NESHAN, The Iranian Graphic Design Magazine

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Neshan 44

Editorial Column

Design for Music, Music for Design

Majid Abbasi

When the concepts of music and design are used together, or when various experiences of the two are at hand, this question comes to mind: How far can they go together? How can we combine design and other applied arts such as architecture — tangible, visible, and with specific functions — with music, which is an abstract, audible, intangible art? Is it possible for design to express music? Can music inspire design? How do their borders bring them close to one another? What factors contribute to their closeness? How can technology help?
A plethora of various experiences have been conducted in relation to design and music, every one of which has contributed to our understanding of these concepts and expanded our awareness. Design and music employ other one to make new unheard-of experiences and bring about a vast world before our eyes. In this issue, we point to a number of these experiences in different fields with an attempt to give a better, yet unfortunately not totally comprehensive understanding of the concepts.

Music For Color
Russian composer Alexander Scriabin (1871–1915) composed Prometheus: The Poem of Fire (1910) for piano, orchestra, and choir, and ‘Chromola’ which was an organ invented by Preston Millar. With this composition, he opened a new horizon of modern music design with the innovative idea of combining music, image and color. This score became popular as Score of Colors. Serge Kussevitsky (1874–1951) was a teacher and conductor who first performed this piece in Moscow. He stated that Prometheus is an “Amazing phenomenon of the human soul, unattainable, the most profound Prometheus”. It was well known that Scriabin had an ear for music as well as for color, and associated every key or scale with a particular color spectrum.1

Architecture For Music
About half a century later, Le Corbusier’s design and production of a multi-media pavilion for Philips in the Expo ’58 (Brussels) and his collaboration with the contemporary experimental musician, Iannis Xenakis (1922–2001) led to the birth of a score named Metastaseis. It also led to the creation of experimental architecture that expressed the technological improvements after World War II, with the concept of the recovery of civilization and reconstruction of the damages and ruins caused by war. In those days, the Dutch Philips Corporation was the pioneer in the world of electronics. This score was inspired by the Albert Einstein’s theory and the musician’s memories of unappealing sounds of war. The visitors of the Philips pavilion heard the music when entering and exiting, through their experimental encounter with the architecture. Le Corbusier said “I will not make a pavilion for you but an Electronic Poem and a vessel containing the poem; light, color image, rhythm and sound joined together in an organic synthesis”.2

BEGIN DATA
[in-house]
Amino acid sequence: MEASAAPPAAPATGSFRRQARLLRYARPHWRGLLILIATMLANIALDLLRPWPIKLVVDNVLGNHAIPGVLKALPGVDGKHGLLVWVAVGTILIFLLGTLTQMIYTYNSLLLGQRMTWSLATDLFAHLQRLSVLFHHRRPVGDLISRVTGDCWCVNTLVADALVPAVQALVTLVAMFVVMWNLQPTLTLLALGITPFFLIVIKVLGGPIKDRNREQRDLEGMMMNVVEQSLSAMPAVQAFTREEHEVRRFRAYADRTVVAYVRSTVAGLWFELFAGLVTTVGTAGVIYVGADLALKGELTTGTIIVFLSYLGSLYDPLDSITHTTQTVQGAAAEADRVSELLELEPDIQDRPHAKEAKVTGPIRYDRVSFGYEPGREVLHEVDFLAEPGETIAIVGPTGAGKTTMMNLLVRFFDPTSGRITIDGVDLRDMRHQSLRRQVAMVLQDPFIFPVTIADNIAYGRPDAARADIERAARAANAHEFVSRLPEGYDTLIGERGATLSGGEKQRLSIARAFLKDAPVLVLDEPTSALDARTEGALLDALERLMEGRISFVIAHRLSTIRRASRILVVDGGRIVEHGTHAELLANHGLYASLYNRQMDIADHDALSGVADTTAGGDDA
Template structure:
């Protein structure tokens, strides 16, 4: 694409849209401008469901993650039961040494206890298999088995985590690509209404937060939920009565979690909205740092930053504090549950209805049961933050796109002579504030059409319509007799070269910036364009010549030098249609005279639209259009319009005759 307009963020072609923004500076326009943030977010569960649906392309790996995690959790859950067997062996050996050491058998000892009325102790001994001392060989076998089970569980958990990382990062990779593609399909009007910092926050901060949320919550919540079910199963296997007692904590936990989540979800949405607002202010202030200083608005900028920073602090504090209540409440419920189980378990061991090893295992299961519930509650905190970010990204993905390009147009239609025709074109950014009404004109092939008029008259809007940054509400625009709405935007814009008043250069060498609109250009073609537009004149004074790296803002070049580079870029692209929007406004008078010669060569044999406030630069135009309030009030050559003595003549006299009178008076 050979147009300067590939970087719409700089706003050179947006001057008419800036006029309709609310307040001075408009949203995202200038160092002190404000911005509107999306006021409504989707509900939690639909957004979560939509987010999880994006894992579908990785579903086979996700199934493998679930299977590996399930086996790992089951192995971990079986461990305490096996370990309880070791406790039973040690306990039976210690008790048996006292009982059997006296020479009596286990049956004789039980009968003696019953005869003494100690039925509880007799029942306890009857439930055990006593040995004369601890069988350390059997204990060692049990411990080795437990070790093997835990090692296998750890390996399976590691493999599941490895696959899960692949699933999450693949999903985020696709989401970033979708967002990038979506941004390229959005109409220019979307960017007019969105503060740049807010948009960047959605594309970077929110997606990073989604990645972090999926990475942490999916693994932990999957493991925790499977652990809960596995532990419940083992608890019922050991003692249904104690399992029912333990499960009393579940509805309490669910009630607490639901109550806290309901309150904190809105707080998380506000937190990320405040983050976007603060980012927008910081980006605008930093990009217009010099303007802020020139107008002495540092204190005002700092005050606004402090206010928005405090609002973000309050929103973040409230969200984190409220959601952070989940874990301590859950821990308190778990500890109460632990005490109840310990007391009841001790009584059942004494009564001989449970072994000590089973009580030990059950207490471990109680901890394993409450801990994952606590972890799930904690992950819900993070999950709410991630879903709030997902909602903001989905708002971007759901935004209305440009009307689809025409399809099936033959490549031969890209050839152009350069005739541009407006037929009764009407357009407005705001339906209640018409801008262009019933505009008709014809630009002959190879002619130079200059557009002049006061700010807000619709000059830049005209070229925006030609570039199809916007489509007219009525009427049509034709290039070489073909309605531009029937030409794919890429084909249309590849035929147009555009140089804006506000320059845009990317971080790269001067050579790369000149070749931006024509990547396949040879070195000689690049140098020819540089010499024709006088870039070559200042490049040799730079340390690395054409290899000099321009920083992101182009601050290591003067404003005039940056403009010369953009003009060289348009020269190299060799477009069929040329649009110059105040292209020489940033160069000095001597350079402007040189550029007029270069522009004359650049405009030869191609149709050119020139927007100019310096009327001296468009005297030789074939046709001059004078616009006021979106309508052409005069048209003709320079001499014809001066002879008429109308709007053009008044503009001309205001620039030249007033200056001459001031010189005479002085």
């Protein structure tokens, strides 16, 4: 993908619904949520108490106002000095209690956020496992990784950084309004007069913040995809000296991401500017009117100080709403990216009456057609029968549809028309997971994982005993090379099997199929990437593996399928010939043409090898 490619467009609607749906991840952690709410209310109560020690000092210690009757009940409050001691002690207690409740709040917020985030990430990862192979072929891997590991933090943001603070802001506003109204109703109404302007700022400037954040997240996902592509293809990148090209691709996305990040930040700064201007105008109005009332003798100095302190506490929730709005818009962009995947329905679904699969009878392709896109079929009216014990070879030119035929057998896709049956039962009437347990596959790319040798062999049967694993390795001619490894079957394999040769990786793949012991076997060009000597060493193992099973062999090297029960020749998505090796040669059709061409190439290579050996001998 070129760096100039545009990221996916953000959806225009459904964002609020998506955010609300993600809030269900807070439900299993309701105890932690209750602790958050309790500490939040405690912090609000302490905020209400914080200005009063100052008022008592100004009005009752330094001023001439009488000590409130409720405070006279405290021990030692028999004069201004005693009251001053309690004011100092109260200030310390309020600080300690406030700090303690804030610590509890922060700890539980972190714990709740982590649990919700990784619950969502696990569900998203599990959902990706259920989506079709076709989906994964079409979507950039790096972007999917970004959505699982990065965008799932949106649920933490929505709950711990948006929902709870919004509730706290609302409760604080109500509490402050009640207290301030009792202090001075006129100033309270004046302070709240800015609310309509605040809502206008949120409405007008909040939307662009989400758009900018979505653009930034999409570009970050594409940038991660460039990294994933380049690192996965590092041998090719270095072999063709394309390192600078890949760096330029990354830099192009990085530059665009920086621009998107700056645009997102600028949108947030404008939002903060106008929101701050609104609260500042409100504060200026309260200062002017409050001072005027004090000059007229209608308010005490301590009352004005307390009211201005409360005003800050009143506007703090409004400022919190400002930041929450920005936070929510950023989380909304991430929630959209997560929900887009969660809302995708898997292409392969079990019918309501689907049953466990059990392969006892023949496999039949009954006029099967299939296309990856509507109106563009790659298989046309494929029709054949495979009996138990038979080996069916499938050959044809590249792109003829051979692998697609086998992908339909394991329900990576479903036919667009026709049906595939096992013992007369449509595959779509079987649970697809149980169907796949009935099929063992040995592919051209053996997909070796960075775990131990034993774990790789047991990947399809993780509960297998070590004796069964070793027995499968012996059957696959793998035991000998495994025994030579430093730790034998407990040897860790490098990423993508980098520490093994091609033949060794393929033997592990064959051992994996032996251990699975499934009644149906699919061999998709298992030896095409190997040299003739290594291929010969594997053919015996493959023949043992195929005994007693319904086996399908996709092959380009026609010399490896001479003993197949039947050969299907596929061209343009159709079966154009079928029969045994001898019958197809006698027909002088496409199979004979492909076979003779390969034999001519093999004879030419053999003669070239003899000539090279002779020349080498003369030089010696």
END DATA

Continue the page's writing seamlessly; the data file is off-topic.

Discipline In Music And Architecture
Daniel Libeskind, architect and the director of the Architecture Department at Cranbrook Academy of Art in Bloomfield Hills, Michigan, has reached a modern experience of design, space and music by creating Chamber Works (1983), a conceptual series in twenty-eight drawings. He believes in the connection between architecture and music and says: “Architecture is based on drawings. A drawing is a score — it’s a code, a language that has to be communicated to performers who then have a certain amount of leeway in interpreting that structure.” He continues: “What is music? Music has to do with an enormous discipline. To play an instrument, to read music, to perform music, requires a discipline. This is one of the connecting links between music and architecture, because both are extremely rigorous engagements.”3 
This drawing series practically displays the commonalities between music and design via their inner structure and composition.